Over the past six months I have had a number of inquiries asking whether or not U.S. citizens or greencard holders can work in Iran. The simple answer here is no, unless that party has a license to do so from the United States Department of the Treasury Office of Foreign Assets Control (OFAC). The Iranian Transactions Regulations (ITR) prohibit the export of services by U.S. persons to Iran, as well as, any trade transactions involving services where the benefit of the transaction is realized in Iran. As such, working in Iran as a U.S. citizen or green card holder is a violation of the ITR.
Obviously this answer proposes a series of problems for Iranian Americans who are working in Iran and transferring the funds back to the United States to their families. So what do you do if you or a family member has been working in Iran without a license? Below I have outlined three courses of action that should be followed if you or a family member are in violation of the ITR for engaging in services in Iran.
1. Submit a Voluntary Self Disclosure to OFAC. Yes, this does equate to telling on yourself, however, if OFAC finds out that you have been working in Iran without a license the penalties will be far more severe if you did not report it. As part of the determination as to what the base penalty for a violation will be OFAC's considerations include how severe or egregious the violation was and whether or not the violation was self disclosed. A self disclosed violation automatically reduces a base penalty in half. Furthermore, self disclosing a violation will put you in a more favorable light when asking for a reduction in any penalty proposed in an OFAC Pre-Penalty Notice.
2. Apply for a license to work in Iran or on behalf of an Iranian entity. Although there is a lot of skepticism surrounding OFAC's licensing program, OFAC is generally fairly liberal when it comes to licensing transactions which are not detrimental to the foreign policy interests of the United States and do not involve any Specially Designated Nationals (SDNs). However, it should be noted that if you do seek to apply for a license to work in Iran and you have already been working there for some time, then a voluntary self disclosure should be filed prior to applying for the license. The reason for this is that OFAC will become aware of your prior violation upon submission of your license application. Although they still might license you, OFAC will almost certainly become aware of the conduct and then you will not be afforded the benefit of the voluntary self disclosure. If you have already been working in Iran, then items 1 and 2 go hand in hand.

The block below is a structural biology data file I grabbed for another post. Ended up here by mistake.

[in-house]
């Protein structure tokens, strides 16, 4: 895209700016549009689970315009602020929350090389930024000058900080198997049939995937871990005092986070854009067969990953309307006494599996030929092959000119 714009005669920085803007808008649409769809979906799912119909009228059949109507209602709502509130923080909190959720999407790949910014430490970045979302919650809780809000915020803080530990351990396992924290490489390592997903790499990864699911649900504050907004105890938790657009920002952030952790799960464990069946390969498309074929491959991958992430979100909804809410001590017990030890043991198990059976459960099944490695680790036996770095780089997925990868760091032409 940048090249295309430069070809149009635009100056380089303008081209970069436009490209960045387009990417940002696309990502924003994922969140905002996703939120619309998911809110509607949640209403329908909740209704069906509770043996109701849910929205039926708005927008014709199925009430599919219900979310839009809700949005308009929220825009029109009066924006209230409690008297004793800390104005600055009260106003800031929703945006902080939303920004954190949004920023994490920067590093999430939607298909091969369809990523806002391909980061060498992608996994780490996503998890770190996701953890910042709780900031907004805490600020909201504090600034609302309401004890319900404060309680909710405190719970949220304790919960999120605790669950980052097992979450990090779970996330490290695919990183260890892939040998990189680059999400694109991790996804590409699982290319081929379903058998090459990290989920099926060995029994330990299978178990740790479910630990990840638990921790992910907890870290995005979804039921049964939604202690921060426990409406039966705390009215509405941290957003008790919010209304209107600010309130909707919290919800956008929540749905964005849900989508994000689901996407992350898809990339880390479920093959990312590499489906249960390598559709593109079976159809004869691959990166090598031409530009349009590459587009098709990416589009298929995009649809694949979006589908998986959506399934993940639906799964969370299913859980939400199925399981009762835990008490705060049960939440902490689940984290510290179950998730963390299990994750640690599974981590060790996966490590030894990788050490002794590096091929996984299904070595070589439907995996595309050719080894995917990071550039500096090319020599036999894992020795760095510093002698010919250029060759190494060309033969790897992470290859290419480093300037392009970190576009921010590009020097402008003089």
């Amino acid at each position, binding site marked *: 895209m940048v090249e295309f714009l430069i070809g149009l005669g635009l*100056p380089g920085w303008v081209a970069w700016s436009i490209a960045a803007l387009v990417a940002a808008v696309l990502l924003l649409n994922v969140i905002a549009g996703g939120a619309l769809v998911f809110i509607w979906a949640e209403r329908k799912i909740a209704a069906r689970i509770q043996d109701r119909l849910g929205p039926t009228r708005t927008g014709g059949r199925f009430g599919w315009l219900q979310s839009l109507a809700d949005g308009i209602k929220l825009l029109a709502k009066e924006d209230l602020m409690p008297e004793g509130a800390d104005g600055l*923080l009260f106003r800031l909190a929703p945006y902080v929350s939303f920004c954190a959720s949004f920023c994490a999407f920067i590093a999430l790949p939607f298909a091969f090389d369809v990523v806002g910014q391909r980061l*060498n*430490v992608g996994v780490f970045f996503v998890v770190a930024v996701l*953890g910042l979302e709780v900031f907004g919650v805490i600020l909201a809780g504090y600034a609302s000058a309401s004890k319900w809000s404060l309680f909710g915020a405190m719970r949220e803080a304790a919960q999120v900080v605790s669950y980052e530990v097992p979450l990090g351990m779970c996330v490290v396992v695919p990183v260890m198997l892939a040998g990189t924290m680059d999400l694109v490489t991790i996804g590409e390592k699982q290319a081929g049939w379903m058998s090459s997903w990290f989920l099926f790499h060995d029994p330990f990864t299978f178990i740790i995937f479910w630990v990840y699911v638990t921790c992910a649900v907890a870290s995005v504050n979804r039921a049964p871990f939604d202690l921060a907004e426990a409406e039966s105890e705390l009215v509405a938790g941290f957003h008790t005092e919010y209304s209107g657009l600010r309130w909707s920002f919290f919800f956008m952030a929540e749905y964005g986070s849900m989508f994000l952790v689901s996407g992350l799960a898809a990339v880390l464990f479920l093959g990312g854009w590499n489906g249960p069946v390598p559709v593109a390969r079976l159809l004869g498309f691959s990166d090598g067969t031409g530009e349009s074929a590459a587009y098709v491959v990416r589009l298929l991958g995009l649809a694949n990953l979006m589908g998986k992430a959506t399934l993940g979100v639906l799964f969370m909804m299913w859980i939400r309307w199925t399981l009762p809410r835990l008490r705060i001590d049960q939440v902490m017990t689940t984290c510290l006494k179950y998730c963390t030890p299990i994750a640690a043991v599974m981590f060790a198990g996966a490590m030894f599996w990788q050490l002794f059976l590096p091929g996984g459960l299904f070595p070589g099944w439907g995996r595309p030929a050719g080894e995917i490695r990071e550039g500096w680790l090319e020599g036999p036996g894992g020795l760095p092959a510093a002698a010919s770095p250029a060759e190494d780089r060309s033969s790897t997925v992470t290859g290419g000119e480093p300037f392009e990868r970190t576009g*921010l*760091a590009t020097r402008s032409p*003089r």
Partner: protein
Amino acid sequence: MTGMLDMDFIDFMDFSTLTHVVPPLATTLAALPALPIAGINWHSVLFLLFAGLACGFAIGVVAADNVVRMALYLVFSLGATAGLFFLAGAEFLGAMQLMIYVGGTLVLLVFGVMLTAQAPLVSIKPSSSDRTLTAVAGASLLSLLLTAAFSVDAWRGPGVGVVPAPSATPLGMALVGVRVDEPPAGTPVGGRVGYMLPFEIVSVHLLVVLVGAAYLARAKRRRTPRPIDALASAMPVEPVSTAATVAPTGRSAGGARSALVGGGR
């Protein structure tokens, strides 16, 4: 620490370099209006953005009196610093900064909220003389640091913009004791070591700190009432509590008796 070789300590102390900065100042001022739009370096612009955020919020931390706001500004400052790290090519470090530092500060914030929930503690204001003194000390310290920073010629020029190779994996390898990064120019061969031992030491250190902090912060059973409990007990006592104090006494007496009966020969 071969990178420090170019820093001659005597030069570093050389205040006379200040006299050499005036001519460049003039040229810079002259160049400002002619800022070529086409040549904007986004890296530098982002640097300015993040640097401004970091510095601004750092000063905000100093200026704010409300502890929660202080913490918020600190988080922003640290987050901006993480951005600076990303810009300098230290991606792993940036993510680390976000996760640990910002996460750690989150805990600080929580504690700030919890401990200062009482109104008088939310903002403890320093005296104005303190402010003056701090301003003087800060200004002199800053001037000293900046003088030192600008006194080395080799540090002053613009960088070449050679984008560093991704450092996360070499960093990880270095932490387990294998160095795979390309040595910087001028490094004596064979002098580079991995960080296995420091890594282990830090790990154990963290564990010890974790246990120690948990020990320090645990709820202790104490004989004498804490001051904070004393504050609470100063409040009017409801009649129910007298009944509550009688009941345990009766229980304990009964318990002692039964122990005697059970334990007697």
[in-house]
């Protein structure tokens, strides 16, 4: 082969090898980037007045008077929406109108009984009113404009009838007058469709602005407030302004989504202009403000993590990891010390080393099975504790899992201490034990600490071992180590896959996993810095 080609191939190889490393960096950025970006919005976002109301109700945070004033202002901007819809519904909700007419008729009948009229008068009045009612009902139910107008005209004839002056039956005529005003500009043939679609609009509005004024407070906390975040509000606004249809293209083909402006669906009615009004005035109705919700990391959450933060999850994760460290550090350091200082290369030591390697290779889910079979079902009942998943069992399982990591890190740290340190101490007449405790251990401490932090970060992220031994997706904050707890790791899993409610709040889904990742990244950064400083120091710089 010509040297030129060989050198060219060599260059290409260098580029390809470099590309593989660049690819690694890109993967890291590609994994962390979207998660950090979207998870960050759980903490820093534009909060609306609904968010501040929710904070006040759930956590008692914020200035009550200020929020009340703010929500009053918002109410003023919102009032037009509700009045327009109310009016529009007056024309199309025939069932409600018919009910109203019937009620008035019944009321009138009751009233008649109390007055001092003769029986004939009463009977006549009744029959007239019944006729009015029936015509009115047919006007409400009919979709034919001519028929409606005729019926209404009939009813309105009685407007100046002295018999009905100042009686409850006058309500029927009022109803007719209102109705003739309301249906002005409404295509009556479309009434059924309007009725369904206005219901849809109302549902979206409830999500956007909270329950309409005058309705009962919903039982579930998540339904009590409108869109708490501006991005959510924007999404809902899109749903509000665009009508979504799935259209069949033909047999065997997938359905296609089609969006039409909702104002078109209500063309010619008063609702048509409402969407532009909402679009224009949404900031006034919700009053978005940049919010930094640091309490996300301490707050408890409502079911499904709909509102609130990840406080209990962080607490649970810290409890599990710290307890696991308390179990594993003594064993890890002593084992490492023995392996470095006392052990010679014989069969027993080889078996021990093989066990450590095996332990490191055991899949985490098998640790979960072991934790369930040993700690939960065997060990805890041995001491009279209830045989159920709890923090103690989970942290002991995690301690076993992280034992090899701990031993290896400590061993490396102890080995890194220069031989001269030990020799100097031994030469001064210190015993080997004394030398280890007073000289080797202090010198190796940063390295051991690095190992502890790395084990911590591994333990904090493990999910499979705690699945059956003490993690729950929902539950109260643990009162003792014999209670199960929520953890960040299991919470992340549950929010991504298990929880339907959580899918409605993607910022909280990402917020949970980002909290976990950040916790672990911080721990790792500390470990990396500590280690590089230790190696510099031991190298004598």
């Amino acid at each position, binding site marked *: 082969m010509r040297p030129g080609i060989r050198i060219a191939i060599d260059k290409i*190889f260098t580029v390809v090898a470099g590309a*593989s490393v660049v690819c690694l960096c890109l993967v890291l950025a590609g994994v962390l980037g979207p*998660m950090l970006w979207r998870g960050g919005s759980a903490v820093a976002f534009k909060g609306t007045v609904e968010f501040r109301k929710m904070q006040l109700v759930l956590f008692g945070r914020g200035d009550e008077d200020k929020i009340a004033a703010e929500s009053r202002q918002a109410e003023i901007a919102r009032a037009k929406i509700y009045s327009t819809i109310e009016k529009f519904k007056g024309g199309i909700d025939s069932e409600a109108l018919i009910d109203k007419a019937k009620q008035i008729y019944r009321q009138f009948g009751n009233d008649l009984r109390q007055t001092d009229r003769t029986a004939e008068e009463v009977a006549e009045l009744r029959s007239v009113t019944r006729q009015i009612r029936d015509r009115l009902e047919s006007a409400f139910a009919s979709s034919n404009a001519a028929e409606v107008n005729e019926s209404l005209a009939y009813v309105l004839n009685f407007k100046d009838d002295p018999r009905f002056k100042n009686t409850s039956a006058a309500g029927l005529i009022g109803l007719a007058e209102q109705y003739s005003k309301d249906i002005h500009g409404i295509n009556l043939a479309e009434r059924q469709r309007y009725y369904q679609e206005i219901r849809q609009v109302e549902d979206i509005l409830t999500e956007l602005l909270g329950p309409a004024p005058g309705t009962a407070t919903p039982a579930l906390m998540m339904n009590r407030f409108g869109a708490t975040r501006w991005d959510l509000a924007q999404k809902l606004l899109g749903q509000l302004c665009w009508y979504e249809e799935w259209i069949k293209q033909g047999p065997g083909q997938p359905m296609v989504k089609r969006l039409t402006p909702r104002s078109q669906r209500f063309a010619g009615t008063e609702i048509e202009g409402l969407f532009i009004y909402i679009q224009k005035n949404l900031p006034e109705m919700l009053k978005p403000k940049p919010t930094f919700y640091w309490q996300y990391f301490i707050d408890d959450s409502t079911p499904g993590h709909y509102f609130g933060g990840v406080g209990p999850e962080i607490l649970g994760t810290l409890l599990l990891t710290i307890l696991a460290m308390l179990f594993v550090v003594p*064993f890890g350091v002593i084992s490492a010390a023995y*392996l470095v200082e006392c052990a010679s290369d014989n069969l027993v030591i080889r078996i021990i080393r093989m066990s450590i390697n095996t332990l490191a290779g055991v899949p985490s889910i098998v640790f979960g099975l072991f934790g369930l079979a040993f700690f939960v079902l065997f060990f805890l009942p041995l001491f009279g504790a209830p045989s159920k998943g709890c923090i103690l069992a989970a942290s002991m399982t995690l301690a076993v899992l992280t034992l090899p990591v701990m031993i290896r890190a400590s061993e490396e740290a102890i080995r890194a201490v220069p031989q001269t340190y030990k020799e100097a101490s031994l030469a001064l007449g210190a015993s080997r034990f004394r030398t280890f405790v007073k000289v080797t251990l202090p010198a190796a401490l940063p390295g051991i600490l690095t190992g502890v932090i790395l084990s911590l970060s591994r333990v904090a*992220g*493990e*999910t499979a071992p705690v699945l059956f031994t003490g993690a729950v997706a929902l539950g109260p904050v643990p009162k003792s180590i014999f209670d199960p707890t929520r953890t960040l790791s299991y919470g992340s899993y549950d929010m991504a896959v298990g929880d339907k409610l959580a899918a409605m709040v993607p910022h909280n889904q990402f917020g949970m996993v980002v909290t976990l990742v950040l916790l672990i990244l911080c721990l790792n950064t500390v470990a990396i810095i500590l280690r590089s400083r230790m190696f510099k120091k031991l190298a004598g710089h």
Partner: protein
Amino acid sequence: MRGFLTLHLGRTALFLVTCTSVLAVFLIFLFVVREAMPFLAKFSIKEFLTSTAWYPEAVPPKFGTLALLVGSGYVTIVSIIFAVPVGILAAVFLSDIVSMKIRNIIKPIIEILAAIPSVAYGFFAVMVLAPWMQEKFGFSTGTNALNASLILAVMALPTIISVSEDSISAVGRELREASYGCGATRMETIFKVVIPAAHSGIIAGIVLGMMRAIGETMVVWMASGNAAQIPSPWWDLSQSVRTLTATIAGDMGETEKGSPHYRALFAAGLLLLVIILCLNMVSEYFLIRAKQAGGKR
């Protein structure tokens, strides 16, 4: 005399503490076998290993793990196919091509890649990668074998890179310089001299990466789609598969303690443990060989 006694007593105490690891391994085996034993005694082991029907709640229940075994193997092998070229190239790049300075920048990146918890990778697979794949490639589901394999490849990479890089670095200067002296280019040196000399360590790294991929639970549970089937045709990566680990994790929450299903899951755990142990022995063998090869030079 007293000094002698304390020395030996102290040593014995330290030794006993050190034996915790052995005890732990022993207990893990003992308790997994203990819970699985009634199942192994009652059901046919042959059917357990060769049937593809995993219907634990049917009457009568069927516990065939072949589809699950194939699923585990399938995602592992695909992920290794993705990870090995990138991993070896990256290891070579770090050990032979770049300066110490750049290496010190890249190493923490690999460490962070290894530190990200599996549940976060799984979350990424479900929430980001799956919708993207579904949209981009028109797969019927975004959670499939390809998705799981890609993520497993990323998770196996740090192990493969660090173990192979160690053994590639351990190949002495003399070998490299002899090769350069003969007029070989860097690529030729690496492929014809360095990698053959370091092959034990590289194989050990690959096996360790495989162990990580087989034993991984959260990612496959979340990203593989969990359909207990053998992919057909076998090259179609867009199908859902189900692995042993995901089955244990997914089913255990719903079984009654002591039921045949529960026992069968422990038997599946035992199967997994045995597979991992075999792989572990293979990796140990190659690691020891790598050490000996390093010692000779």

3. Consider the banks involved, as well as other regulations. Obviously as an agency within the Department of the Treasury, OFAC is very concerned with what financial institutions, both foreign and domestic, may be involved in transactions relating to Iran. Remember, that there are a number of Iranian banks which are blocked pursuant to OFAC sanctions. No dealings with those banks will be allowed and therefore no funds earned as compensation for work carried out in Iran or for an Iranian entity can be deposited in those banks, regardless of the holding of a license authorization to work in Iran. Moreover, U.S. persons cannot maintain accounts at those banks. The list of blocked Iranian banks is as follows:
Future Bank B.S.C.
Export Development Bank of Iran
Post Bank of Iran
Moreover, keep in mind that any compensation earned in Iran in exchange for services will need to be reported to the IRS. Finally, you may also be subject to reporting requirements for maintaining a foreign bank account if there is more than $10,000 in that foreign account or if you have more than $10,000 combined in any number of foreign bank accounts.
Being employed in Iran is not impossible, but there are a number of difficulties that could arise. Before engaging in any performance of services in Iran make sure that you are licensed by OFAC. Moreover, be aware of the consequences of any past work you may have carried out in Iran and any involvement you may have had with the aforementioned blocked Iranian banks.